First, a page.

|Ensign Folding Klito de Luxe No.9|
|Ilford G.30 Chromatic plate, Ensign Folding Klito|
|Ilford FP4 plate, Ensign Folding Klito|
|Kodak Orthochromatic plate, Ensign Klito|
|Kodak P.1200 Panchro-Press plate, Ensign Klito|
|Ensign Folding Klito de Luxe No.9 with Ica Dominar lens|
|Entrance to a Park, FP4 plate, Ensign Klito with Ica Dominar lens|
|Park at Night, Ilford G.30 Chromatic plate, Ensign Klito with Ica Dominar lens|
In same lot as the quarter-plate FP4 and G.30 plates that I've tested and used with the Ensign Klito above, there were three boxes of plates, which didn't have a size on them, but were in slightly larger boxes than the others. These were 9x12cm plates, which I shot with a Voigtländer Avus with a f4.5 Skopar lens; I've also got a Kodak Recomar 33, but this has a slower lens, and less suited to night photography.
The three boxes (all previously opened) contained Barnet Line-Tone (Thin Film) plates, Ilford H.P.3 and Ilford Soft Gradation Panchromatic plates. The Barnet Line-Tone plates were too heavily fogged to scan, although an image was discernable against a bright light, from three successive exposures at 10 EI.
H.P.3 - Hypersensitve Panchromatic plates were introduced in 1943. Before the 1960 change in meter settings these were rated at 200 ASA. The box style suggests these plates are from the late 1940s to the 1950s. According to Silver By The Ton, HP4 was first produced in rollfilm as early as 1960 and sheet film in 1964: it may not have been produced as a glass plate, and it doesn't appear in the plates list in the Appendix of Silver By The Ton. The Technical Information Sheet for HP3 plates from the Ilford Technical Information Book is dated 1961, so HP3 plates were produced alongside HP4 in rollfilm for a period. For the test below, I metered for 100 EI, and took four successive exposures.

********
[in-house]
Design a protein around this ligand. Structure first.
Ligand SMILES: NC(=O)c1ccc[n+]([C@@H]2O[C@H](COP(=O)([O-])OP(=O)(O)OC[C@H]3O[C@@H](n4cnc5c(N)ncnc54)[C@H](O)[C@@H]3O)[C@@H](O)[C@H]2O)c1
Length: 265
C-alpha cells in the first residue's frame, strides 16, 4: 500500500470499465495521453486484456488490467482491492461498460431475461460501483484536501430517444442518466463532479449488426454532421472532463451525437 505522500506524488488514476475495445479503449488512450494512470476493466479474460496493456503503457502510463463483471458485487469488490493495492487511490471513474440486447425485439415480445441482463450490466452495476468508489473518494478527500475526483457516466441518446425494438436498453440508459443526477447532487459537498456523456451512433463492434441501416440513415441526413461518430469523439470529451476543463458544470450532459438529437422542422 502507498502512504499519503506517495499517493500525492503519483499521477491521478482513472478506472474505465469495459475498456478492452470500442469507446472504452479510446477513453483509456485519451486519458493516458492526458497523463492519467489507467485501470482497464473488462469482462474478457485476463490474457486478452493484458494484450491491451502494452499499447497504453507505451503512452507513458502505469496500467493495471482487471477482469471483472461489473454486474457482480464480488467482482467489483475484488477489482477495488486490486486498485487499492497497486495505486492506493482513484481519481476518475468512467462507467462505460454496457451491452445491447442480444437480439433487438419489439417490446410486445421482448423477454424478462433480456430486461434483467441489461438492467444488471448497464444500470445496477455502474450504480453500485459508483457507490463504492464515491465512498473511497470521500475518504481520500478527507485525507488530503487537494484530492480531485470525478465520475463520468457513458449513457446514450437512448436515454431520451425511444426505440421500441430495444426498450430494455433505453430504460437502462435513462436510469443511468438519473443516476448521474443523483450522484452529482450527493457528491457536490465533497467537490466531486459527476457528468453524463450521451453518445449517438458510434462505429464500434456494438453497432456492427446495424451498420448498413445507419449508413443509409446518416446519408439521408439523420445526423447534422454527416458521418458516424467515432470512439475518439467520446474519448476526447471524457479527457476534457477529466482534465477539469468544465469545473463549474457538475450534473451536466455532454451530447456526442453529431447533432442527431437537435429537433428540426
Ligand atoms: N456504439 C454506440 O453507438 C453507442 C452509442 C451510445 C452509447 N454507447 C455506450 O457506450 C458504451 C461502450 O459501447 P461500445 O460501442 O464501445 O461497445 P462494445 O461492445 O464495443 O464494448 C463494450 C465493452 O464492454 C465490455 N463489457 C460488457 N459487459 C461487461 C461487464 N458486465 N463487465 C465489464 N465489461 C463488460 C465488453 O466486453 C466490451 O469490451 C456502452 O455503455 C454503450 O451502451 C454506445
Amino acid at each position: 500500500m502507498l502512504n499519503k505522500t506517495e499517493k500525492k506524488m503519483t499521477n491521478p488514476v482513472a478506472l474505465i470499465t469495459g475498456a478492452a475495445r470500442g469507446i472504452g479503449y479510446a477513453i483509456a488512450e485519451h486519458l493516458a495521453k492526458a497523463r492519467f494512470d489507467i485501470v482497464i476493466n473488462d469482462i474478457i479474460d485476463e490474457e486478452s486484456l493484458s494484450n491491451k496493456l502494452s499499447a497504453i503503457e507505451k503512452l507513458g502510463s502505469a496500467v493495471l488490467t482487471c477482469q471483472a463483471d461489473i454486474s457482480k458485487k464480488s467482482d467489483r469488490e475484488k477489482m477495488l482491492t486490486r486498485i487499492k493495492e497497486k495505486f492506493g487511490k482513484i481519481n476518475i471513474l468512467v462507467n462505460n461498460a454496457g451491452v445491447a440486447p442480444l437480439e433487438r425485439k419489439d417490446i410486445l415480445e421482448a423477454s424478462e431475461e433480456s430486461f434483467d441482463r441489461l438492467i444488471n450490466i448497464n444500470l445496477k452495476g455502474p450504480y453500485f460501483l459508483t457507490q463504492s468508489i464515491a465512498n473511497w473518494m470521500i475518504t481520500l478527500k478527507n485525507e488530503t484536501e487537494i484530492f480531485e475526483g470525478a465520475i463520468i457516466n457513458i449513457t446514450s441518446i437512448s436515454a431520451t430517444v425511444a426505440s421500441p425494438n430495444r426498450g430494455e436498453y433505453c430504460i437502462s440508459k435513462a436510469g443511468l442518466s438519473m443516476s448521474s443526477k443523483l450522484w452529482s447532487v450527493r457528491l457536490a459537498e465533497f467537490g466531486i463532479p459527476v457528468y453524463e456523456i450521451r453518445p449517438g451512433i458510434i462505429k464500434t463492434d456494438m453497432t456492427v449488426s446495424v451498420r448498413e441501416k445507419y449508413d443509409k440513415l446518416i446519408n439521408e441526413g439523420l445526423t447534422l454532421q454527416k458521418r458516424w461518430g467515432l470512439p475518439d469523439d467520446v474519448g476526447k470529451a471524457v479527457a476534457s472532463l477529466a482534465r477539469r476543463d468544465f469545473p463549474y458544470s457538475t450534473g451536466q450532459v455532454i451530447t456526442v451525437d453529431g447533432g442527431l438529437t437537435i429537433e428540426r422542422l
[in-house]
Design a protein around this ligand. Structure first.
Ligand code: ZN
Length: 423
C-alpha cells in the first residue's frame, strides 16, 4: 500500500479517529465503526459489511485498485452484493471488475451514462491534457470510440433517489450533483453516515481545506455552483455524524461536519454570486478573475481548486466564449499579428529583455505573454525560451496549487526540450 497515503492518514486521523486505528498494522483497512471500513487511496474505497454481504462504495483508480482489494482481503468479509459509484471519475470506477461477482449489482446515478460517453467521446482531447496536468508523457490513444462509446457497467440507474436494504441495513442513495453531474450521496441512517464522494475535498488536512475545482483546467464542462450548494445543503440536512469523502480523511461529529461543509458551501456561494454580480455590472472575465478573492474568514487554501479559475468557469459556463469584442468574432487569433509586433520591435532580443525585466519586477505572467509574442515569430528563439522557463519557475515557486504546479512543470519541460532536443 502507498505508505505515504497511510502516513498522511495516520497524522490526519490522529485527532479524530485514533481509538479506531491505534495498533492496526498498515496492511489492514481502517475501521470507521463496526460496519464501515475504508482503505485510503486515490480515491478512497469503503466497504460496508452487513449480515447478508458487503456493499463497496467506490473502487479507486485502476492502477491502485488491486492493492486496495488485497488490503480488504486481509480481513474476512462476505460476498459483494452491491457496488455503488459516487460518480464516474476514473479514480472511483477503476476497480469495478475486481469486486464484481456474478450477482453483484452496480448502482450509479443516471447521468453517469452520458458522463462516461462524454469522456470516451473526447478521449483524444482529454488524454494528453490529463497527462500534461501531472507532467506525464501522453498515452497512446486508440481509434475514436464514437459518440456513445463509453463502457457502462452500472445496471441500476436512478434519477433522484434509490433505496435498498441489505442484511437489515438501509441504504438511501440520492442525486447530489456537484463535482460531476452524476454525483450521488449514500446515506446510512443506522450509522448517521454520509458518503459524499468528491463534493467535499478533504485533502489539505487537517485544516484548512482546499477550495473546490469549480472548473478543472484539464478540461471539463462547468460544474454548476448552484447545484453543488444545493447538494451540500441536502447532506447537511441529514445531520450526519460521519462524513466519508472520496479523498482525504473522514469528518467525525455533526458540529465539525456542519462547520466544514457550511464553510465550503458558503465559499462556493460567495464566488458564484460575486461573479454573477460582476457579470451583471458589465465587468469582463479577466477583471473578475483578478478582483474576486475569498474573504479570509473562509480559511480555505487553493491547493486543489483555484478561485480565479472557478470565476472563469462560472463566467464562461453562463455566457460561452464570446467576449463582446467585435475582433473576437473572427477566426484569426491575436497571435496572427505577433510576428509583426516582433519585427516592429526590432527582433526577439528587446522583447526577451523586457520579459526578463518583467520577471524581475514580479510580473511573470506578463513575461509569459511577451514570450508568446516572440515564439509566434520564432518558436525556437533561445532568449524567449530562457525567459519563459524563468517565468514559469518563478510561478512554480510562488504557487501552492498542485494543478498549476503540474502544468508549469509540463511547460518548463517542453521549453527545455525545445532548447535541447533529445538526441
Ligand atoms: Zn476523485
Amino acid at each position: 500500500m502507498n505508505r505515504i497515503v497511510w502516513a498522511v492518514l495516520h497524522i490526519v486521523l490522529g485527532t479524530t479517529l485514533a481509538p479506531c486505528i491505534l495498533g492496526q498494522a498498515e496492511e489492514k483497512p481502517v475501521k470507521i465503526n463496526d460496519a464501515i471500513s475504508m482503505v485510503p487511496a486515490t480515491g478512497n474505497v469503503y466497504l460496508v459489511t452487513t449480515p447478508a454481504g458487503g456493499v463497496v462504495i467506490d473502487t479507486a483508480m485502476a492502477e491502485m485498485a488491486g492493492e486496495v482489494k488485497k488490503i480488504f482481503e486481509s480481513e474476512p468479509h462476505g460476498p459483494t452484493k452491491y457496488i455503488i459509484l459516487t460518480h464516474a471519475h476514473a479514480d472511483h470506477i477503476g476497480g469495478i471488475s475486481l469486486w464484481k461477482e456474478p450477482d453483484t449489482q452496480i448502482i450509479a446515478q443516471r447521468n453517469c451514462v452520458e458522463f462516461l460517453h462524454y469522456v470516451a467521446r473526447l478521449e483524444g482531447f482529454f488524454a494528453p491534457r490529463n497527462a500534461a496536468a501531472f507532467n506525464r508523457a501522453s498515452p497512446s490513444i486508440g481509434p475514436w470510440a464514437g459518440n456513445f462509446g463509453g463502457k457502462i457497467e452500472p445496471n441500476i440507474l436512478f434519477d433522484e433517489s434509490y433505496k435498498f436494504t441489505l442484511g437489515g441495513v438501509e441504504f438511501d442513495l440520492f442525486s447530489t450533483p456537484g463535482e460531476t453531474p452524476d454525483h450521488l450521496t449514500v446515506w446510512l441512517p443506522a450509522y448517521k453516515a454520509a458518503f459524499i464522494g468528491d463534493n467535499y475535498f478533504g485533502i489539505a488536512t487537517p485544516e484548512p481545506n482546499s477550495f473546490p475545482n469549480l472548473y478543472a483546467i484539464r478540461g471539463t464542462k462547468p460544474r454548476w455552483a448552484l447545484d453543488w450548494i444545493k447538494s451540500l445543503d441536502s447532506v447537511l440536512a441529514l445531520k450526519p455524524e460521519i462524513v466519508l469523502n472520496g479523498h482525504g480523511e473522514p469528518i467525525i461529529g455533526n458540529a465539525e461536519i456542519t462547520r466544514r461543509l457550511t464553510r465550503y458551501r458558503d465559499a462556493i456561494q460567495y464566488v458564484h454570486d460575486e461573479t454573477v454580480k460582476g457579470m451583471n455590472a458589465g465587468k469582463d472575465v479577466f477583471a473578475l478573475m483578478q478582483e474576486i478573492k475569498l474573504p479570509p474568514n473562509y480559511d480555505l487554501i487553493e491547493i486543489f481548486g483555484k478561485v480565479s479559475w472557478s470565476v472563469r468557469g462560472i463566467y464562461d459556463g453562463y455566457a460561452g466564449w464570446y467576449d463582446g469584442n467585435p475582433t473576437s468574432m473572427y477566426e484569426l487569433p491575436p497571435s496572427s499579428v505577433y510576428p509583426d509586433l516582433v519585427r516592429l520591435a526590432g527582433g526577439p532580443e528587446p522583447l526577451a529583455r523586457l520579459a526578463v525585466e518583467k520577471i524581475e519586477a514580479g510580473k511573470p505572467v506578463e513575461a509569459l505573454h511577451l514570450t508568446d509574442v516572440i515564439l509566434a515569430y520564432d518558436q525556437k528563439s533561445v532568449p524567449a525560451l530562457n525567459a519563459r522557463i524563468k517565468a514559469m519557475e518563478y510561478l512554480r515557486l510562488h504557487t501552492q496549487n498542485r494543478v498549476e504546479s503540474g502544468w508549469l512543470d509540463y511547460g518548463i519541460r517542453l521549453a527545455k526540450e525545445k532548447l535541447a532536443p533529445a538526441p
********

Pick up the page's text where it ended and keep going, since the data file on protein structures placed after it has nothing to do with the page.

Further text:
Soft Gradation Panchromatic plates were introduced by Ilford in 1928. This emulsion was later given the designation R.10, and post-1960 were rated at 100 ASA. These were the first plates I shot last year, in a smaller size, and gave good results. The box of the 9x12cm Soft Gradation Panchromatic plates has an earlier packaging style, possibly dating back to the 1940s. I metered for 50 EI, and gave the plate three successive exposures. The results were as good as the same plates from the 1960s, and suggest 25 to 12 as a usable exposure index.
|H.P.3 plate test, Voigtländer Avus|
|Soft Gradation Panchromatic plate test, Voigtländer Avus|
|Telephone Exchange, Ilford H.P.3 plate, Voigtländer Avus|
|Telephone Exchange, Barnet Line-Tone plate, Voigtländer Avus|
Silver by the Ton - A History of Ilford Limited 1879-1979, RJ Hercock and GA Jones
Ilford Technical Information Book Volume 2